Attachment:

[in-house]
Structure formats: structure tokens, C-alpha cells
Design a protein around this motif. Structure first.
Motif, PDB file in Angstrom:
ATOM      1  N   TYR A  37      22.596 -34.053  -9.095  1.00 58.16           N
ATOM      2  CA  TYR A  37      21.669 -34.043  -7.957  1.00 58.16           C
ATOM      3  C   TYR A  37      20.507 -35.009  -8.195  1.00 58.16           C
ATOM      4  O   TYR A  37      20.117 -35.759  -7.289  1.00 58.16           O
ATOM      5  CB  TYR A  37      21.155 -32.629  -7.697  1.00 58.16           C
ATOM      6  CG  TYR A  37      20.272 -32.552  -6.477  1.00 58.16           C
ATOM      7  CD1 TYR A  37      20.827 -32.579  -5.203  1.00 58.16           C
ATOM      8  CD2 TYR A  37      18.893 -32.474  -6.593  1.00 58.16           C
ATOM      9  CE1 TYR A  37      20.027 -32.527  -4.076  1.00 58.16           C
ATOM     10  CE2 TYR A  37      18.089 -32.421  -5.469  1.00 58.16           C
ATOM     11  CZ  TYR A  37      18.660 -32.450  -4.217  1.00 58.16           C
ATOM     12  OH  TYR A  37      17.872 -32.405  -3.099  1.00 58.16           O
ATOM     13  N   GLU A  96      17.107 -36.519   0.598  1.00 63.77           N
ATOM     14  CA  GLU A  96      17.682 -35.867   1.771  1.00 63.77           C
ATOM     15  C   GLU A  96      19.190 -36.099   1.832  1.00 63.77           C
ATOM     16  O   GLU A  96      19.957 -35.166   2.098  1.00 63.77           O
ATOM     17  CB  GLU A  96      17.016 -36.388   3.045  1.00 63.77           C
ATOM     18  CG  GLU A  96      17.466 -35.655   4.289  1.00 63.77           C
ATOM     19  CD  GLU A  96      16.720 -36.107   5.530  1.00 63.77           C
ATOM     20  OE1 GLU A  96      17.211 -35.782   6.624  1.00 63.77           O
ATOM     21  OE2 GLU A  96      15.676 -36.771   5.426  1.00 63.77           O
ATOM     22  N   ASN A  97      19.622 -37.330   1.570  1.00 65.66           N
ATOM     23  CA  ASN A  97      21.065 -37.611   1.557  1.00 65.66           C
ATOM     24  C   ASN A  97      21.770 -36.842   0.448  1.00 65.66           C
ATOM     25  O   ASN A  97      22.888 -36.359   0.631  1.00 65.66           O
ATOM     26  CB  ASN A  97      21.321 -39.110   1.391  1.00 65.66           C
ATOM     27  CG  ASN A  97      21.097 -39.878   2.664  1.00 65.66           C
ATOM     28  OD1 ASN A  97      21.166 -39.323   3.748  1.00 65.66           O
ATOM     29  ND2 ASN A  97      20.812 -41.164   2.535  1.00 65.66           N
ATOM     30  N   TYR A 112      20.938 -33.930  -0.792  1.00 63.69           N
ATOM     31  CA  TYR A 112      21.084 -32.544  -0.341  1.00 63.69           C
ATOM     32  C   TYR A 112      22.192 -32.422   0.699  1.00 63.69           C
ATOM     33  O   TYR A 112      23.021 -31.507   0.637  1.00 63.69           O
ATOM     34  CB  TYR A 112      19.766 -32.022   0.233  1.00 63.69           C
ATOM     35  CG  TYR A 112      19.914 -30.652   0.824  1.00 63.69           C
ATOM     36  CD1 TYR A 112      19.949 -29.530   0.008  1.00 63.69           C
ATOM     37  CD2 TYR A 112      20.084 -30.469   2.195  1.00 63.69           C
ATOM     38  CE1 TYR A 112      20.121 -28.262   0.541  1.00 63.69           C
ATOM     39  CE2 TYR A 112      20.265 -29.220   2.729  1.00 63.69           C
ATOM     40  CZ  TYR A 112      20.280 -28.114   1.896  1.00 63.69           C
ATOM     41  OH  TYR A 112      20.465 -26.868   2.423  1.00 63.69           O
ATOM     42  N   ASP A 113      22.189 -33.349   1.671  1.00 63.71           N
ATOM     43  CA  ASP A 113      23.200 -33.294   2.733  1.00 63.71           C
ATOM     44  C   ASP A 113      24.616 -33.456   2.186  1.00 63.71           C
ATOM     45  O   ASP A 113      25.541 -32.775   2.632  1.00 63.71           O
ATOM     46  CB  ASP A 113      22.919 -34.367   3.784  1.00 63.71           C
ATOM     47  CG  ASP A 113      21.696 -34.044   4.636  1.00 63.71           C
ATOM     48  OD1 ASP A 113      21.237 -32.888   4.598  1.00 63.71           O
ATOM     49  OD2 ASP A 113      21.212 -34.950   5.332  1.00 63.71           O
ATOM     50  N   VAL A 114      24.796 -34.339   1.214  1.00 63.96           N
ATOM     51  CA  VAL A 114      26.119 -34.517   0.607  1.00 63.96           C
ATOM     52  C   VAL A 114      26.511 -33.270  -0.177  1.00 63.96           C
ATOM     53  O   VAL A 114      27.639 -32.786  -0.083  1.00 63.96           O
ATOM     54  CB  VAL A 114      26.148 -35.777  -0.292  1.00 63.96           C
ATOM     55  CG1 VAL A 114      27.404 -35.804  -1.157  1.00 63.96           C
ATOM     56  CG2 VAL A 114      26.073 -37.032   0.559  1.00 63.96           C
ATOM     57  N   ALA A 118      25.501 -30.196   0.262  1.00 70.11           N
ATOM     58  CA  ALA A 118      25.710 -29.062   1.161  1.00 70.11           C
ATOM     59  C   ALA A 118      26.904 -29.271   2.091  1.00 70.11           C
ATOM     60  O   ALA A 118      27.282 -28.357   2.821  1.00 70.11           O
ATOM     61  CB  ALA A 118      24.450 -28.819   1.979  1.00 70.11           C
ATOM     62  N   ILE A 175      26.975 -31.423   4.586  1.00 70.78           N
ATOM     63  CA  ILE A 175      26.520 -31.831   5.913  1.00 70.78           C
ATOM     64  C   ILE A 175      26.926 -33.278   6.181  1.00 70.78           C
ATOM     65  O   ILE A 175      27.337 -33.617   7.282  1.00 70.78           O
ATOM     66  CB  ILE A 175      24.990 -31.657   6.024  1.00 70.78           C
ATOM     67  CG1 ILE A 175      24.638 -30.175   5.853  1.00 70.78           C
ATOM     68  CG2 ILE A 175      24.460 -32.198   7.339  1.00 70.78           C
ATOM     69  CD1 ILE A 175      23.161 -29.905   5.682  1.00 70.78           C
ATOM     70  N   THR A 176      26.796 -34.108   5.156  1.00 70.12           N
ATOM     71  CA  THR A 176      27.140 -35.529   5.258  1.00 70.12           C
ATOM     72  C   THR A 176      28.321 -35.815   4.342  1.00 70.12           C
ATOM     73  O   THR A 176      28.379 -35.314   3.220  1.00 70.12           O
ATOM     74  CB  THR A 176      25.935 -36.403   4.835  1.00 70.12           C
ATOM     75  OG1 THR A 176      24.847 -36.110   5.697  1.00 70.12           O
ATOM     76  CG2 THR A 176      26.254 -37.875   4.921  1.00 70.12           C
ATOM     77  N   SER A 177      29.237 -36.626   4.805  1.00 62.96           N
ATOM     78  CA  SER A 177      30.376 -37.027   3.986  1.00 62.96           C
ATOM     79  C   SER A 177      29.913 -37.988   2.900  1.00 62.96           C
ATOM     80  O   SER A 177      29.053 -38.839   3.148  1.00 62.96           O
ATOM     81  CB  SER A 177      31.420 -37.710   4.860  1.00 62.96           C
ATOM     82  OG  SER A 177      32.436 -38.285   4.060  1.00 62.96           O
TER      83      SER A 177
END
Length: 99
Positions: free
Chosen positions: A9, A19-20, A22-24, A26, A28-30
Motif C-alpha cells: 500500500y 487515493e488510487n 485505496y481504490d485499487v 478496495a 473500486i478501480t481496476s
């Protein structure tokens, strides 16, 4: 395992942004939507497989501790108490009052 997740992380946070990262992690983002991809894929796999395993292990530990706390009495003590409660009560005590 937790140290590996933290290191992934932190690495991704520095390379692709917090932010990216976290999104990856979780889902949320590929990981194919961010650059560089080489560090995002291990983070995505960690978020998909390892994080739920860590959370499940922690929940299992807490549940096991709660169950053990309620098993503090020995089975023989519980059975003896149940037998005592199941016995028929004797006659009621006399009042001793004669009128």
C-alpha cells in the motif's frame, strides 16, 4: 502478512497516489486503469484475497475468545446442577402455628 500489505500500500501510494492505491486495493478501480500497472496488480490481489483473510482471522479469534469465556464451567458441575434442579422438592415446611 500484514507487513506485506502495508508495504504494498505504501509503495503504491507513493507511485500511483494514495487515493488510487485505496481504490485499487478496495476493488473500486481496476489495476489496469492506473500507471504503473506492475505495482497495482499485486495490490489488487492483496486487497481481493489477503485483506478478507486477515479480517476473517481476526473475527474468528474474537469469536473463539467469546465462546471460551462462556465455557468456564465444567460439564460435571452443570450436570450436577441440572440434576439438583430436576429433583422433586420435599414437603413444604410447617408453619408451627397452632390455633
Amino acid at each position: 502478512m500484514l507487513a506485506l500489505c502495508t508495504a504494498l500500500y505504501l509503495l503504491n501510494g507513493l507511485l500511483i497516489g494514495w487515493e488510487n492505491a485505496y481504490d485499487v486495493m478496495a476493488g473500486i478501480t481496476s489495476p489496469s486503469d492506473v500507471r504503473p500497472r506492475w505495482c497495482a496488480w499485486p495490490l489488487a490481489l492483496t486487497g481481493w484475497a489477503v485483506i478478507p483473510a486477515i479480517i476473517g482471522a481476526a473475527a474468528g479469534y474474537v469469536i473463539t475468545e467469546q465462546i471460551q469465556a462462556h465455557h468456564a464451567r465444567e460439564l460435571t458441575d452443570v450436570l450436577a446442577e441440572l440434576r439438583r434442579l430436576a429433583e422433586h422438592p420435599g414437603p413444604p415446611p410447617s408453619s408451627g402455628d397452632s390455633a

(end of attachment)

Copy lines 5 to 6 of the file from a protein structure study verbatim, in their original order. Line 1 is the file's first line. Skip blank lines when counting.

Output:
ATOM      1  N   TYR A  37      22.596 -34.053  -9.095  1.00 58.16           N
ATOM      2  CA  TYR A  37      21.669 -34.043  -7.957  1.00 58.16           C